A composite pigment is prepared by slurrying 632 grams of titanium dioxide pigment as cooler discharge, and 868 grams of Satintone No. 4 clay in 6 liters of water. To the agitated slurry are added 188 cc. of a solution of sodium silicate containing 400 g/l of SiO,;, followed by 750 cc. of a solution of aluminum sulfate (100 g/l A1 The pH at this point is 4.3. After heating 60C., a 50 percent caustic solution is added slowly to the agitated slurry, until a pH of 8.1 is obtained. After digestion for one hour, the slurry is filtered, washed free of salts, dried and fluid energy milled.
A latex paint is prepared according to the previously described formulation using 475 grams of the composite pigment thus obtained. Relative hiding power of the paint is 258, stain resistance is vvsl and scrub resistance is 83 percent of standard.
EXAMPLE III When the composite pigment is prepared by precipitation of only the hydrous oxide of silica, the greatest advantage in hiding power is obtained, although the scrub resistance of the paint is reduced somewhat over that obtained with the product of Example II.
A composite pigment is prepared by slurrying 632 grams of titanium dioxide cooler discharge and 868 grams of Satintone No. 4 in 6 liters of water. To the agitated slurry are added 375 cc of a solution of sodium silicate containing 400 g/l of SiO to give 10 percent added SiO as hydrous oxide. The pH of the slurry is l 1 at this point.
A 50 percent solution of sulfuric acid is added slowly to the agitated slurry until a pH of 7.0 is reached. After digestion for 30 minutes the treated slurry is filtered,
washed free of salts, dried and fluid energy milled.
A latex paint prepared with the standard formulation and 475 grams of the composite pigment gives a relative hiding power of 286. Stain resistance of the paint film is equal to the standard and the scrub resistance is 67.
Although latex paints prepared from the products of this invention, as set forth in the preceding examples are somewhat deficient in scrub resistance, only slight changes in formulation are necessary to improve the scrub resistance to standard levels or better. For example, by reducing the amount of composite pigment of Example II by 10 percent in the standard formulation, a latex paint is obtained which has a scrub resistance slightly better than standard and a relative hiding power that is still 230 percent of standard.
What is claimed is:
l. A composite pigment, exhibiting high opacity when incorporated into latex paints, formed of a mineral extender comprising clay particles to which there are adhered pigmentary titanium dioxide particles, said titanium dioxide particles being adhered to the mineral extender particles by a precipitated hydrous oxide of aluminum, silicon, titanium or mixtures thereof in an amount of l to 15 percent by weight based upon the total of said particles.
2. The pigment of claim 1 in which the mineral extender consists of a calcined or delaminated high kaolinite clay exhibiting an internal porosity in the dry form of at least 0.3 em /gm consisting of pores of 0.2-1.5 microns in diameter.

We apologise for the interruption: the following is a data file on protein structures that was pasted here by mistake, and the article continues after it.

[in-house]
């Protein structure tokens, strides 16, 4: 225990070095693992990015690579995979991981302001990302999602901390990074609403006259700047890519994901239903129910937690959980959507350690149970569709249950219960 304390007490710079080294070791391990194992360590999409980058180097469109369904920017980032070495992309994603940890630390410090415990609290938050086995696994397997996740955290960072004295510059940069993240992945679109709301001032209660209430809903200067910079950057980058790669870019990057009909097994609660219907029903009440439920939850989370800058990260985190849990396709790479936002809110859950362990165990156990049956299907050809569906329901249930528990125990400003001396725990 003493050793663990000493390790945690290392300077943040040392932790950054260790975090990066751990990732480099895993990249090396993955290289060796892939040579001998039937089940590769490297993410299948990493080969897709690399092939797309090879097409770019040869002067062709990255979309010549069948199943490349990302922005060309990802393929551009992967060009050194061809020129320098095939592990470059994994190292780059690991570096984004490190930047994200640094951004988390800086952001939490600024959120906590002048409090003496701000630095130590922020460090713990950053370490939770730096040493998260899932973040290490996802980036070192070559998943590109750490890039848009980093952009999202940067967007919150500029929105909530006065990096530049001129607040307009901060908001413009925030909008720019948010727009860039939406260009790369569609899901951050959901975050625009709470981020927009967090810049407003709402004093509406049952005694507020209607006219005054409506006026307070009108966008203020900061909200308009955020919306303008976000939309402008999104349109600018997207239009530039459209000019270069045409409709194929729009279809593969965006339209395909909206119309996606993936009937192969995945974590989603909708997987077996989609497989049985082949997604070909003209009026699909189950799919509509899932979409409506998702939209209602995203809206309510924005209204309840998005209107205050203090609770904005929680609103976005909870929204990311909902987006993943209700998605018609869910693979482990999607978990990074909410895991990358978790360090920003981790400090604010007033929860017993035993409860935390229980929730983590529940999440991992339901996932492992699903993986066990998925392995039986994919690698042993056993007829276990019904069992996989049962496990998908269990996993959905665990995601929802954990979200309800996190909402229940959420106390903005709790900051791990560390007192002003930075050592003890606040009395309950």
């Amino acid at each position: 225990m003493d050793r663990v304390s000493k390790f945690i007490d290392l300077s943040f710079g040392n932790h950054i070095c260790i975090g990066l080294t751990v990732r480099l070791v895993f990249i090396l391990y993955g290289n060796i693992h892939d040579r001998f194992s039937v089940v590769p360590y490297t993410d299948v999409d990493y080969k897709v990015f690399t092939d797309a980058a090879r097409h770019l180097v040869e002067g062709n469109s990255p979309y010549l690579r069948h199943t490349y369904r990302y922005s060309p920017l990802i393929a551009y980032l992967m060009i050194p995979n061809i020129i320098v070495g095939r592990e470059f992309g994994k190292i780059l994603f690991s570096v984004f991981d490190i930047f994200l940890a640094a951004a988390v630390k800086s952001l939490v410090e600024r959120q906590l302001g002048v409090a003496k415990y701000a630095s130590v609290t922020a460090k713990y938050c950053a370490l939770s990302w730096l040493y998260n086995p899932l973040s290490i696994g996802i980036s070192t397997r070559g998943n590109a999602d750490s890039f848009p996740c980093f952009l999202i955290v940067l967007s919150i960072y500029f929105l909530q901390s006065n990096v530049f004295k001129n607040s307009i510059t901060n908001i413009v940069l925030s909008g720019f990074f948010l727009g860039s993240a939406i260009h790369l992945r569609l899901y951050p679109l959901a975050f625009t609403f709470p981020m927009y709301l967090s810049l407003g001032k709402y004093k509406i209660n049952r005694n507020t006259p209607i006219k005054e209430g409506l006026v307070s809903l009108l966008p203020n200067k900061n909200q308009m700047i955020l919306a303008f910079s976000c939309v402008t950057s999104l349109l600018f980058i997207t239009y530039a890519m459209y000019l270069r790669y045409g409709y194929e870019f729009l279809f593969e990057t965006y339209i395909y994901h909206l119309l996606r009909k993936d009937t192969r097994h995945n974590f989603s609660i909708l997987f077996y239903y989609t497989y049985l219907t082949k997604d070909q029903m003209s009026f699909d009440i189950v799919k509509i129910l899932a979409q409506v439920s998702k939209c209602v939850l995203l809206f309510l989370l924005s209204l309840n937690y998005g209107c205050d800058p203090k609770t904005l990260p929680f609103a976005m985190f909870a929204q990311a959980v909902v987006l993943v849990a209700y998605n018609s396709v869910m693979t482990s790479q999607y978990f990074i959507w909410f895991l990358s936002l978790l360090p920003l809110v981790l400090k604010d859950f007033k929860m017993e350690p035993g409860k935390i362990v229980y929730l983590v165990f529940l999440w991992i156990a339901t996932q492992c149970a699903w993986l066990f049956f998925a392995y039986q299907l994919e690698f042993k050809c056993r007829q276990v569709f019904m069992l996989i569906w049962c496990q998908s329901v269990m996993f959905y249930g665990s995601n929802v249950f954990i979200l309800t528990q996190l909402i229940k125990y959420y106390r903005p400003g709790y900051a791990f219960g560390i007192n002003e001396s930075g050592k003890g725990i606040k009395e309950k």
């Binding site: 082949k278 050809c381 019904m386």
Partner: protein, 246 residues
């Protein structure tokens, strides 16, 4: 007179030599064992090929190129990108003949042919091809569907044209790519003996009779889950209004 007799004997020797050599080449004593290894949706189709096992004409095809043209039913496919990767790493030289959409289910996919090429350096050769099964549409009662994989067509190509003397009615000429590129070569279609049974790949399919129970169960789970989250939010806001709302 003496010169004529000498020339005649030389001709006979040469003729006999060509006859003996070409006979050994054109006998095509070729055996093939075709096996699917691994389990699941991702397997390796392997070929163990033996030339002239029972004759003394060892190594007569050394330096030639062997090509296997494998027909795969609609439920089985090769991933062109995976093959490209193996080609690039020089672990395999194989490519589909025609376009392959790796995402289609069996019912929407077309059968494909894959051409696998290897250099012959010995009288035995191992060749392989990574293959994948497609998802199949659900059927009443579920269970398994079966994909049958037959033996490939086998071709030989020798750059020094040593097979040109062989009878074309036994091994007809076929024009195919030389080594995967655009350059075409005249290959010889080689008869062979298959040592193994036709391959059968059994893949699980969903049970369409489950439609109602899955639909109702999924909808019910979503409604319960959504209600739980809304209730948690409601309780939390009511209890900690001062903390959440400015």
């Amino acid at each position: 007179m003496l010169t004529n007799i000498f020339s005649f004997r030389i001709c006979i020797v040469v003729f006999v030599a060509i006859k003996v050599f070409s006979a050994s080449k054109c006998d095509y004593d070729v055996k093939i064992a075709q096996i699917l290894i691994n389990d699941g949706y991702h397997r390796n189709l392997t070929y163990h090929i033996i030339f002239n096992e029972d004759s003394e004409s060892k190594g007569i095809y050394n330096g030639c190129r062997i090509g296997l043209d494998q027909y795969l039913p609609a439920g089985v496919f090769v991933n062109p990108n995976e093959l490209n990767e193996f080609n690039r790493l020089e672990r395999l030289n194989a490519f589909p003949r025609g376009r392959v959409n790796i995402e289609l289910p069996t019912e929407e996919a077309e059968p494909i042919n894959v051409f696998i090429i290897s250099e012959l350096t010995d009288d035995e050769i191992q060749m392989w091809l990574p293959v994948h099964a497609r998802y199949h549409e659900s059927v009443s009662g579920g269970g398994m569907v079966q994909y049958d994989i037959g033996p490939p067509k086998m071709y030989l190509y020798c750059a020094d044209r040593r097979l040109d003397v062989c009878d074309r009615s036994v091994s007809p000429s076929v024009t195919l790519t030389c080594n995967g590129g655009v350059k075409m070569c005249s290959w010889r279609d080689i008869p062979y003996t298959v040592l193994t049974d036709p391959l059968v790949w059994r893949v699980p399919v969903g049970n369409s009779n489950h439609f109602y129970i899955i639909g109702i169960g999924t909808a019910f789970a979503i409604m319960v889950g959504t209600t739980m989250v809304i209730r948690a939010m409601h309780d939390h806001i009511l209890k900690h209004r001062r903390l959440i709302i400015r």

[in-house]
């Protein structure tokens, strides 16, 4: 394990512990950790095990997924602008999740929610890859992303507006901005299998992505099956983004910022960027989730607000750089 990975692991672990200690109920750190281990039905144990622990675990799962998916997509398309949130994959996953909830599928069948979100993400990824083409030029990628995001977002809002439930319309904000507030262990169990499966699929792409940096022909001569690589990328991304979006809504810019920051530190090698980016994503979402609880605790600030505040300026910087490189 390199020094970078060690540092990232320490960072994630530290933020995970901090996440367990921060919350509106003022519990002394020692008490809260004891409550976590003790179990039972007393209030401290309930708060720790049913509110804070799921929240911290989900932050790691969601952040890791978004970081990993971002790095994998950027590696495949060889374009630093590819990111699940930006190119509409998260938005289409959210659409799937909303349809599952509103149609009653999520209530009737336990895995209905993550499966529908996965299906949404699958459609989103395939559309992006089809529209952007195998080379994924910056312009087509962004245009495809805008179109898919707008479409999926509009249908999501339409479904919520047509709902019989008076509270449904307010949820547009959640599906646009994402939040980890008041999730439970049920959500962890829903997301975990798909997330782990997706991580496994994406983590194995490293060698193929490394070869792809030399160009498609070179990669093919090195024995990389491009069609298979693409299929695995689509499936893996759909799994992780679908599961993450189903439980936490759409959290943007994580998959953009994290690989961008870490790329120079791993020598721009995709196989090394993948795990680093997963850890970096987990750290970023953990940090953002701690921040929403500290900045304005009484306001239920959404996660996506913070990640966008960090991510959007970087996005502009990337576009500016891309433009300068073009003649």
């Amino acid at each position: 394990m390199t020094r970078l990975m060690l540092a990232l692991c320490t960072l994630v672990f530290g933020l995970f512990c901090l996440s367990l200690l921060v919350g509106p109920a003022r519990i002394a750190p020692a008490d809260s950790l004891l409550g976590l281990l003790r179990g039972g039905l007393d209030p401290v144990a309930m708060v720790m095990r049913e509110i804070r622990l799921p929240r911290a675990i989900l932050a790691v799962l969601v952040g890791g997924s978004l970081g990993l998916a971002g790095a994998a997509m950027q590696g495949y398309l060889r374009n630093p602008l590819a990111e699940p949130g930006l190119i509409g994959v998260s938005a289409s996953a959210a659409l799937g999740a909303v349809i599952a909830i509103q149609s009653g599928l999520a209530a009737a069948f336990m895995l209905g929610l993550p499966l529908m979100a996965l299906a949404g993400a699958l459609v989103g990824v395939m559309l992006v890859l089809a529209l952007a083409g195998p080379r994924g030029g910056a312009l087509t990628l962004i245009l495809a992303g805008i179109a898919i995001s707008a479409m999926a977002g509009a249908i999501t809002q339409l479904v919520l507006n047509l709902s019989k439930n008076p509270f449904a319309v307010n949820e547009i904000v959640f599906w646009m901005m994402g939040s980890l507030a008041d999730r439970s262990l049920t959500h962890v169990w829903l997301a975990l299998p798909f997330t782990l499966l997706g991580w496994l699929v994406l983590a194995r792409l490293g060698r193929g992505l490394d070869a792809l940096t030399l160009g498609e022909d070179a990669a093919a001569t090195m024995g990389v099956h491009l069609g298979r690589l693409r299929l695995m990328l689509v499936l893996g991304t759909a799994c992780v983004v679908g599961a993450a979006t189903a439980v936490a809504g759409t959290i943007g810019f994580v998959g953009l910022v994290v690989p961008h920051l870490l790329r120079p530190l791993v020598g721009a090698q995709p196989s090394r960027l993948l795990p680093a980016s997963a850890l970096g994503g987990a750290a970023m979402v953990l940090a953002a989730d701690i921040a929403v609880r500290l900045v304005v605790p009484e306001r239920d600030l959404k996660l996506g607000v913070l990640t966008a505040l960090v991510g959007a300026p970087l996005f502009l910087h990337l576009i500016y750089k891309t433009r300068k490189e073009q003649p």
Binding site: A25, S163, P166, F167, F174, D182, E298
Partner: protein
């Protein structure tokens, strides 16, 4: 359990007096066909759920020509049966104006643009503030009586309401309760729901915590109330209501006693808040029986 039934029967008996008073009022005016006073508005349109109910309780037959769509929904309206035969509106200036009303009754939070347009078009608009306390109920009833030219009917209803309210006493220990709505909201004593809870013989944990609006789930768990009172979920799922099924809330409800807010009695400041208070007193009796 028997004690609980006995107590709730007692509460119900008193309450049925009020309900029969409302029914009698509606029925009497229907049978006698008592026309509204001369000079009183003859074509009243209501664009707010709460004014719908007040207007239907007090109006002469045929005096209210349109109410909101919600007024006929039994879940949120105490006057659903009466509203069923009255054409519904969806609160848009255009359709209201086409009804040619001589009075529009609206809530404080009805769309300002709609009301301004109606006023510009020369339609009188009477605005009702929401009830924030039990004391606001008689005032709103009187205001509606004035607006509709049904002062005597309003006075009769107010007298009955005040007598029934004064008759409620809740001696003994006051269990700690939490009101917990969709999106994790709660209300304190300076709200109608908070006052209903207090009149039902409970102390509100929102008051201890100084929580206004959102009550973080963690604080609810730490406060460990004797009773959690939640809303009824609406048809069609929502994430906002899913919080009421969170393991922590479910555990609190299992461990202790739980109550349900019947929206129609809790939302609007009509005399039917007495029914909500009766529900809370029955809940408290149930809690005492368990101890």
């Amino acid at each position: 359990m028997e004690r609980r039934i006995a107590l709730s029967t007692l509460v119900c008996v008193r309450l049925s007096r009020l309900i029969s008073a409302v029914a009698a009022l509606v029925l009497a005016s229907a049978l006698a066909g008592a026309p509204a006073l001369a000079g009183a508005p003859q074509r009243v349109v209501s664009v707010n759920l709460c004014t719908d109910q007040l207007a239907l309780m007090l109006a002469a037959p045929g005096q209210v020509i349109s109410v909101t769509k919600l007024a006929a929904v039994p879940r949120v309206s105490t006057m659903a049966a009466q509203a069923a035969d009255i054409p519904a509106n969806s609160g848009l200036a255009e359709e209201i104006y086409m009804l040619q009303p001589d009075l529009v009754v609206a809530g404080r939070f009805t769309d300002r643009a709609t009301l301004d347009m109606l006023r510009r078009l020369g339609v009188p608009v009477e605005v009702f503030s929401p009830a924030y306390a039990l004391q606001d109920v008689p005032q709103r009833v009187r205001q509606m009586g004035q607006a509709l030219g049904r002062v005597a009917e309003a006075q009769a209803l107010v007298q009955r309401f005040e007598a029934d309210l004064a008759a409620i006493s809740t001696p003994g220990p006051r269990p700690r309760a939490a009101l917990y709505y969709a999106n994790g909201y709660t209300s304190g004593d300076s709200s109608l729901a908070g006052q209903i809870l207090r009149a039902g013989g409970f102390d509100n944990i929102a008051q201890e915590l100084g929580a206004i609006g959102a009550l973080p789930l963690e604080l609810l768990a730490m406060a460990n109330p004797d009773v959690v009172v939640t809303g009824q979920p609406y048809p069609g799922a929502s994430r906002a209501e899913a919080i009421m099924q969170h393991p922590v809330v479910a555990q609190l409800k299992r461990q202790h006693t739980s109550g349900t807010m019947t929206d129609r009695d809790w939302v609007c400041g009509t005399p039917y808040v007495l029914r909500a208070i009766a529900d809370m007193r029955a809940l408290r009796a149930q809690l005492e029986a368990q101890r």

3. The pigment of claim 2 in which pores are 02-08 micron in diameter.
4. The pigment of claim 1 in which 13-50 percent by weight thereof consists of pigmentary titanium dioxide cooler discharge containing up to 5 percent co-oxidized alumina as obtained from the vapor phase oxidation of titanium tetrachloride.
5. A method of preparing a composite pigment which confers high opacity to latex paints by the steps of:v
a. forming a water slurry of 100-300 grams per liter of total solids, of which 3-50 percent by weight are pigmentary titanium dioxide particles and 50 to 97 percent by weight is a mineral extender comprising clay particles;
b. adding 1-15 percent by weight, based on said particles, of titania, alumina, silica or mixtures thereof as soluble salts to the aqueous slurry with agitation;
c. adjusting the slurry pH to 7.8-8.3 with agitation;
d. digesting the slurry for 15-60 minutes;
e. filtering the slurry, washing it free of salts, and thereafter subjecting it to drying and fluid energy milling. I
6. The process of claim 5 where the mineral extender consists of a high kaolinite calcined or delaminated clay with an internal porosity as measured in the dry form of at least 0.3 cm lgm consisting of pores 0.2-1.5 microns in diameter.
7. The process of claim 6 in which the pores are 0.2-0.8 microns in diameter.
8. The process of claim 5 wherein step (b) is effected by addition of an alkali metal silicate and a soluble salt of aluminum to provide, respectively, a precipitate of 3 to 10 percent silica and 0.1 to 5 percent alumina.
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|U.S. Classification||106/437, 106/446, 106/443|
|Cooperative Classification||C01P2004/62, C01P2006/17, C09C1/0084, C01P2006/14, C01P2004/80, C09C1/0087, C01P2006/16, C01P2004/20, C01P2006/80|
|European Classification||C09C1/00H2D, C09C1/00H2|